Speaker 1:

Yeah, I think I love it. No, I absolutely agree, you have to. You can't be for everybody. You have to be able to attract those who are in the place, that they're ready to be open and to learn and, like you said, to trust people. And the process and the changes and the discomfort that probably comes with it I can imagine, especially for men. It sucks, it's difficult, it's a hard place to sit for them, but it's like if you can be ready to show up and sit in the discomfort, like it only benefits everyone, it only benefits everyone.

Speaker 1:

We could go into another podcast and conversation on that as well, but we won't for today. Instead I'll go back to our question here from our live listener. So she says I have a number of former peers in my company who are quite anxious that their teams are next I'm using air quotes for our podcast listeners with this year's layoffs, with this year's layoffs, like it's just like a routine thing now, anyways, and short-sightedness from the C-suite leadership how can these middle-level managers practically pitch this blended staffing model with impactful data, case studies, question mark I know many caregivers that would happily volunteer for shorter or reduced working hours versus layoffs.

Speaker 2:

I mean hire us and I'll come in and help you do that.

Speaker 2:

There, you go Easy, easy, like from a DIY perspective. Honestly, the playbook that we have linked, there's an entire. There's an entire basically like business case in there for you to go and pull in stats and data to show. And I've got I have a P&L side by side in there that I've already built for you to show the benefit of a blended workforce.

Speaker 2:

The thing is you have to understand whether they care about attrition. If they do not care about attrition, then this is a very difficult cell. It just is. So we need to really understand what's happening in the rooms that we are not in, that they are, what decisions that they're making Now I know that that feels overwhelming. Everyone should protect themselves by ensuring all of the basics, like good network, good LinkedIn, like prepare yourself for a layoff, but also fight against it too. I have also the privilege of being in those rooms and helping leaders make those decisions and doing what I can to advocate for business case reasons, for layoffs, not HR, women's or not discriminatory behavior, which we also see happen in these moments. So I don't wanna say there's nothing you can do if there is and also there may be nothing you can do. So that's a hard wall to keep running up against.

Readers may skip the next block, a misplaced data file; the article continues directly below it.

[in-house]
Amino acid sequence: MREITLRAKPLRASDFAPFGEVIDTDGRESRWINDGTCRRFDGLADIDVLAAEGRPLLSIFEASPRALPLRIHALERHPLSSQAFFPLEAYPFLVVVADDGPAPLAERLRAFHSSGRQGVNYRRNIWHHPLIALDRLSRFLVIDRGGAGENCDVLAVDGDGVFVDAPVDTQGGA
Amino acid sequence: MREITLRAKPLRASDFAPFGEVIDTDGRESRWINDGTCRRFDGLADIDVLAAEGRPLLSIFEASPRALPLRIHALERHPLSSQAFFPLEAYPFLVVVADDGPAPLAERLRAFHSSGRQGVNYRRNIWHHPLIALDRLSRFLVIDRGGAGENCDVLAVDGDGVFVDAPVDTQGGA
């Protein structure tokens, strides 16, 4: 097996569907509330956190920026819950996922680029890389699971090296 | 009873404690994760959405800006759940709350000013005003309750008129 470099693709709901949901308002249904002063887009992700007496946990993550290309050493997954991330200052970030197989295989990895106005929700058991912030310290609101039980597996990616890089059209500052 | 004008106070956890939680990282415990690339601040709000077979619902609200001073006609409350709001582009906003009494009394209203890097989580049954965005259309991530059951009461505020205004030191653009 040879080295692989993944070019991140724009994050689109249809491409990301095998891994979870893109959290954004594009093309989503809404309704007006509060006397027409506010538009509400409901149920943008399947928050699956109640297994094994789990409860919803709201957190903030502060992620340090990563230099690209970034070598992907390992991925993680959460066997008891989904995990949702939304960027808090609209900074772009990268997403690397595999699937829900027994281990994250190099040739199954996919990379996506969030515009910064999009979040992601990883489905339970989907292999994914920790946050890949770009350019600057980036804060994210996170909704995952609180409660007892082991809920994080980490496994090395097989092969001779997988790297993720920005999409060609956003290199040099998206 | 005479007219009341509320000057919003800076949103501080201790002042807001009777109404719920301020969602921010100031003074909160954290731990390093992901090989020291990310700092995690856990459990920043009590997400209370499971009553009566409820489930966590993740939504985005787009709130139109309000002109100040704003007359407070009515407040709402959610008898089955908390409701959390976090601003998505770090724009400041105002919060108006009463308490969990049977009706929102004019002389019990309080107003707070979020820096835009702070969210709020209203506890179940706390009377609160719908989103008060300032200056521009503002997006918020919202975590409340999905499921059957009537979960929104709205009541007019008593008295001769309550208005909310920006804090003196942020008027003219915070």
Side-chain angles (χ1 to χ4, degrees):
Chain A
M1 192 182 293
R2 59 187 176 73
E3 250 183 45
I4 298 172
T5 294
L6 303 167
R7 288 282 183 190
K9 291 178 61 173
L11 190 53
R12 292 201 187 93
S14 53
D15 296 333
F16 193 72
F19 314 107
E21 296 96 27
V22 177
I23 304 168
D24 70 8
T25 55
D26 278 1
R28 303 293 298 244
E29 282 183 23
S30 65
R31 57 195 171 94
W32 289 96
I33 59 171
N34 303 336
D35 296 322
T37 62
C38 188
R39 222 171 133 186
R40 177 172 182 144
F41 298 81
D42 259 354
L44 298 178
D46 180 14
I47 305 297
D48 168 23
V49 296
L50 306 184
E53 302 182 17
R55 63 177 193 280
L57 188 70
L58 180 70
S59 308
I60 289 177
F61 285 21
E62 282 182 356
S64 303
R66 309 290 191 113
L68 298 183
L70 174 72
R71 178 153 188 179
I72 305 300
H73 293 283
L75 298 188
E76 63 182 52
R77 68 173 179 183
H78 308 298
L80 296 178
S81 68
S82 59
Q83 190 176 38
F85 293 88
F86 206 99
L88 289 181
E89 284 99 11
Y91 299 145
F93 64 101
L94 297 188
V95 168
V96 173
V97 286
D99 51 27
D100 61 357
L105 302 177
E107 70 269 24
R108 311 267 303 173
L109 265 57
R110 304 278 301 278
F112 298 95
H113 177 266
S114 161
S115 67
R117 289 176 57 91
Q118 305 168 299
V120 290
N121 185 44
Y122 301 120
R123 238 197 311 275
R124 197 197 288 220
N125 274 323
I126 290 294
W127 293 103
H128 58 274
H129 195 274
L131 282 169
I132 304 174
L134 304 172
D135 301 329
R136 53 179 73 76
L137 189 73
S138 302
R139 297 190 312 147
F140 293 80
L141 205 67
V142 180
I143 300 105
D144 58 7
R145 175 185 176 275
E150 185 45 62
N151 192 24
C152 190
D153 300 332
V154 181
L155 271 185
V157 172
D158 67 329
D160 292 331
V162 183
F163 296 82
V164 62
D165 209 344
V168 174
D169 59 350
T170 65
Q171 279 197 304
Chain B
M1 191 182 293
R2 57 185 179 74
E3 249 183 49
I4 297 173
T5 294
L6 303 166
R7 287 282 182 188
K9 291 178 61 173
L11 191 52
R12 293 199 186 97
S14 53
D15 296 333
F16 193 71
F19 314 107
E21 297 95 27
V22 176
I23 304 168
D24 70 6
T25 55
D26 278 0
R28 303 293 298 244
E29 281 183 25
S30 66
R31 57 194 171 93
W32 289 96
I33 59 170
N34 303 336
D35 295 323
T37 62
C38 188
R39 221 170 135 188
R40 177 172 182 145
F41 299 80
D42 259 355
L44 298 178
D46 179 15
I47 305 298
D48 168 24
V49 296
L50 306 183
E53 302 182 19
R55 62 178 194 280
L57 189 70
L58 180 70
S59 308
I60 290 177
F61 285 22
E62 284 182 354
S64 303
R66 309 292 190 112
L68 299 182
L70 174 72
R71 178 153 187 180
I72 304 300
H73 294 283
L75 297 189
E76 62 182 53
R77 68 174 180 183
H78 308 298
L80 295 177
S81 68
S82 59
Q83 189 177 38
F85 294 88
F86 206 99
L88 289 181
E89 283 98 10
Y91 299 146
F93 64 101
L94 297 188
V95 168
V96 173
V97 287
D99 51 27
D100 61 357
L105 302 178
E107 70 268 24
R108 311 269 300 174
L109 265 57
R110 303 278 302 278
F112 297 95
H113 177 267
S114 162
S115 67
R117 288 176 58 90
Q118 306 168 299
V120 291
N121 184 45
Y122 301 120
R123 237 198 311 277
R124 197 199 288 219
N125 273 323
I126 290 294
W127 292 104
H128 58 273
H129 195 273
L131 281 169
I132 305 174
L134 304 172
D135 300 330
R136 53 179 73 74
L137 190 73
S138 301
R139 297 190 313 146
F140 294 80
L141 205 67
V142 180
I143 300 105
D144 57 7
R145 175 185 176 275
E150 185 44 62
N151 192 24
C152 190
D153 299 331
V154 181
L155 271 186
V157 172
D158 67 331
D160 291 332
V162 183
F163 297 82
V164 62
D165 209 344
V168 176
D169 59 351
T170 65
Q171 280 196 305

Speaker 1:

That's a hard wall, depending on your position.

Speaker 1:

I've been and was a middle manager for so many years, so I totally empathize with this question and where you're coming from, because you feel quite powerless. But I would say, if you have any kind of trust, trusted and respectful relationships with anybody in that C-suite, really understanding what would be the win-win. What is it that's keeping them up at night? Because they're humans too and there are things that they're beholden to and responsibilities they are accountable for. And unless you're speaking into those needs in a way that makes it look like, oh, you're helping me, it could still be for the greater good, but what you're doing is you're addressing it in a way that addresses the things that's keeping them up at night. So if you can ask them and have them understand what that is and it happens to be attrition, great.

Speaker 1:

Let me tell you about this whole Alliance and Tigers things that talks about a blooded workforce and all the great benefits. We also linked the playbook that you're referencing Brea in the chat for all of our live listening audience, and then, of course, we'll include it in the show notes as well. I love having these empowering frameworks and tools and the data points really to help empower those people who are kind of in that middle management role, sort of being stuck again. The sandwich generation.

Speaker 2:

Yes, the sandwich generation of our workforce is our middle managers, of course.

Speaker 1:

No, true, that's so true. On top of being the sandwich generation, I feel that yes, yes, this was so great Brea. If anybody else has any other questions, feel free to drop it into the chat, Otherwise I will wrap us up today, unless you have any final parting thoughts. Brea, that you wanted to share with folks, You've given us so much great advice and information and support. I really do appreciate it.

Speaker 2:

No problem, amy. I'm so happy to talk with you all, and if this is helpful in your organization, I'm happy to support there as well. This is a message that everyone needs to hear.

Speaker 1:

Absolutely yes. So please share, share, share. We'd love to get the word out. All right, ladies, we'll call it then. Have a fantastic rest of your day. And again, brea. Thank you so much. I'm glad we're connected. Let's keep chatting.

Speaker 2:

Sounds good, Amy, Thanks everybody.

Resignation and Workplace Challenges Addressing Strategies
Building Blended Workforces and Prioritizing People
Blended Teams and HPU
The Three M's
Inclusivity and Economic Access in Consulting
Strategies for Positive Change in Organizations